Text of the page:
Here we introduce to you a list of rare and ancient things which were not known to hippological history or were completely forgotten. In this cartularium there will be forgotten articles and texts, which are vital for attaining an understanding of Equine History.

cartularium


© Nevzorov Haute Ecole

cartularium  the "Chardon" curb

Bronze. Steel. Copper. Gilded gold. Weight – 1357 g. Length of branche 37,5 mm (right) 37,2 mm (left) Width of mouth piece – 13,8 mm.

56 NEVZOROV HAUTE ECOLE Equine Anthology, Vol. 5


the "Chardon" curb  cartularium

The "Chardon" curb Europe, the first third of the XVIth century It is a rarity. The "Chardon" curb is fitted with a mechanism located in the mouthpiece which opens a thorny flower capable of tearing a horse's gums and tongue into pieces in a second. It was mentioned casually in the "Horse Encyclopedia" though it deserves a separate and very thorough description as it is an absolute rarity and convincing proof of the complexities of hippological history, reflecting the purposeful movement of "preschool" equine Europe which pursued the development of pain inflicting properties of bits in order to achieve at least some control over the horse. These efforts had become visible by the beginning and the middle of the XVIth century. The lifestyle stopped being so gloomy and openly swine-ish as in the Early Middle ages. The Renaissance had come and brought about those graceful myths about the art of riding. Society strived for progress in this art inspired by mythology. But the horses of the time were so painfully ineffective and unruly and had not the slightest resemblance to the ideals as portrayed in ancient engravings and bas-reliefs. It seemed that mechanics could provide solutions to the above challenges. Moreover, science had come into fashion and was a kind of modern craze. The "Chardon" curb is manufactured with all possible skill and care. The mechanism which controls the emerging thorns is located on both halves of the mouthpiece which is joined with the help of a steel arch in the shape of a horseshoe with a typical early coquille. This mechanism has survived up to the present day and it is carefully adjusted.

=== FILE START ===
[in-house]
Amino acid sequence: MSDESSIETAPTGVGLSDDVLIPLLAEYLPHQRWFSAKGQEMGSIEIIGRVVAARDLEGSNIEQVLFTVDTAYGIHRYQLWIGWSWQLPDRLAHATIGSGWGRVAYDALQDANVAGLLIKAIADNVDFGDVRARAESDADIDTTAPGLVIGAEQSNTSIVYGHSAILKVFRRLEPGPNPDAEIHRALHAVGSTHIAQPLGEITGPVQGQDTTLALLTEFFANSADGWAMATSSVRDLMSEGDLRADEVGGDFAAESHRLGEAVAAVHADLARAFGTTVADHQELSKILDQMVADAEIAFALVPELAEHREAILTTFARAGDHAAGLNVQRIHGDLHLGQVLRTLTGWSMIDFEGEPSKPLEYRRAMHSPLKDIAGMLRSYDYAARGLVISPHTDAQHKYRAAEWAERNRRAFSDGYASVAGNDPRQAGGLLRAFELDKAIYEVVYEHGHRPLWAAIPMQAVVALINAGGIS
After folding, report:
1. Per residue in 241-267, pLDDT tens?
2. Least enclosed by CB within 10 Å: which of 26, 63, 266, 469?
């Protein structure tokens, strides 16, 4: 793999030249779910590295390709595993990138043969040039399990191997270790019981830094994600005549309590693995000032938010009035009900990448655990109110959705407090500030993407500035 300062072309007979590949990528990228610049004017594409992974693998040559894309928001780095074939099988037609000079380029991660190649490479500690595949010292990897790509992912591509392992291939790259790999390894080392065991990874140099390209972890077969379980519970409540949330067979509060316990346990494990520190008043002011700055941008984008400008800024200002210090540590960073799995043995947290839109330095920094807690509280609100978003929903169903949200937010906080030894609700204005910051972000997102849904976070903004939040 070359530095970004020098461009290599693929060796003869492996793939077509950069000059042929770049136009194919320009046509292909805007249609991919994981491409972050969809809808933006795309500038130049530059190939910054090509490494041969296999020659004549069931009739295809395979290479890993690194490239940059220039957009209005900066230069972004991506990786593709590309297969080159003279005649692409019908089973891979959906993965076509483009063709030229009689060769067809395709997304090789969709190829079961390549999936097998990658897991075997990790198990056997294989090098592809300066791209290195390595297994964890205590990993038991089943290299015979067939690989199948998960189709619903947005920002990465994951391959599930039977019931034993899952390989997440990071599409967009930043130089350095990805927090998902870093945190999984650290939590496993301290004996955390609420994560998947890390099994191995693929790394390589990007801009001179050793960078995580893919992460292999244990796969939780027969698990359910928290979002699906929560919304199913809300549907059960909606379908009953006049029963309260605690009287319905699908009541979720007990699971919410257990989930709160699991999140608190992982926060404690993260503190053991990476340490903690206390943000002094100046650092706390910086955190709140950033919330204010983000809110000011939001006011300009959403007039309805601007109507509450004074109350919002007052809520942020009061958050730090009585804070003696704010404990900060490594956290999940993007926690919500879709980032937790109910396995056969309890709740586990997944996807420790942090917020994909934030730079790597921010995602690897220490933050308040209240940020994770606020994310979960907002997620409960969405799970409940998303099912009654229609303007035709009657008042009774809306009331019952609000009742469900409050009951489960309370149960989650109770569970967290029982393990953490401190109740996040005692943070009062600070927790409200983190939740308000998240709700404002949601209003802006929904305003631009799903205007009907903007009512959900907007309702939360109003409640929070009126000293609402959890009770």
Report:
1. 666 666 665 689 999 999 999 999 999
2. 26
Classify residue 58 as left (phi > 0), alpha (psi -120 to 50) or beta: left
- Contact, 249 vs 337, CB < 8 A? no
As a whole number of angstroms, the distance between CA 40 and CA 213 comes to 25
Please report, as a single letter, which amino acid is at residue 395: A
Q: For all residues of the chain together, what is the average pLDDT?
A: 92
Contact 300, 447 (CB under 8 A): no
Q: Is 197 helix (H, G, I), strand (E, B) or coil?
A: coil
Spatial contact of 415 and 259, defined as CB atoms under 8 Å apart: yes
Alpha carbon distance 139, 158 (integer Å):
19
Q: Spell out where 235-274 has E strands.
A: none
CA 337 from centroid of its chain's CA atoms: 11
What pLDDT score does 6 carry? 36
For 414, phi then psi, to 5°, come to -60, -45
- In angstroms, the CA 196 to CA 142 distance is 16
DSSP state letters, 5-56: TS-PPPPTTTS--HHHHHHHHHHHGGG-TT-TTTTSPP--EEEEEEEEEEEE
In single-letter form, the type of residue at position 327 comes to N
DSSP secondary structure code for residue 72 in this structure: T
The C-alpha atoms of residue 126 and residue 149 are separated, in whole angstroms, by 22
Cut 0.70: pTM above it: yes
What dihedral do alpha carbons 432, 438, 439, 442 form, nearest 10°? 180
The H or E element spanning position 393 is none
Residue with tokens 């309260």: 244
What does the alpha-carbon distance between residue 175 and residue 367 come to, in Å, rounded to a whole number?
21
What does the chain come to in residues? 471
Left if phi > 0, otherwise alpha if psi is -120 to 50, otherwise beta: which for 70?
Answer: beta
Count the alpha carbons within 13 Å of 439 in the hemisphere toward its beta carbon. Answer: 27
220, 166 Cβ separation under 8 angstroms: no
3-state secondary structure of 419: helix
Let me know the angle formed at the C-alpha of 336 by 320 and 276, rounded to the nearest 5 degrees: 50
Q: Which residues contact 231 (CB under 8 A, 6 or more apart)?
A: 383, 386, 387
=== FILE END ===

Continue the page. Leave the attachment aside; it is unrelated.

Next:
I can’t identify with confidence the country of origin of the curb as mechanical appliances were equally fashionable everywhere from Holland to England. The curb looks well preserved but it is sure to have gone through substantial cleaning. Numerous cavities of different depths in the steel of the branche prove that the metal had been in a cocoon of rust but has been cleaned. Moreover no acids were used for the purpose so it took much time and effort to carry out this manual work. The rust in some parts has destroyed the metal by making it thinner in some places, and in some parts has left cavities of varying depths. It was found out that the curb has never been taken apart for cleaning. The juncture of the mouthpiece and branche is knitted together and has never been exposed. The rivets which fasten the boufette are typical for the XVIth century. It is peculiar that in spite of some looseness they are identical. Their being loose doesn’t mean frequent use of the curb but since rust damaged the rivets they grew thinner and finally loosened up. Branche segments are soldered with silver. Both chainettes are genuine. But the original gourmette has been lost so in trying to recreate the historic wholeness of the curb I detached a gourmette from another XVIth century curb and attached it for the photo session (this kind of curb chain was in wide use in the XVIth century).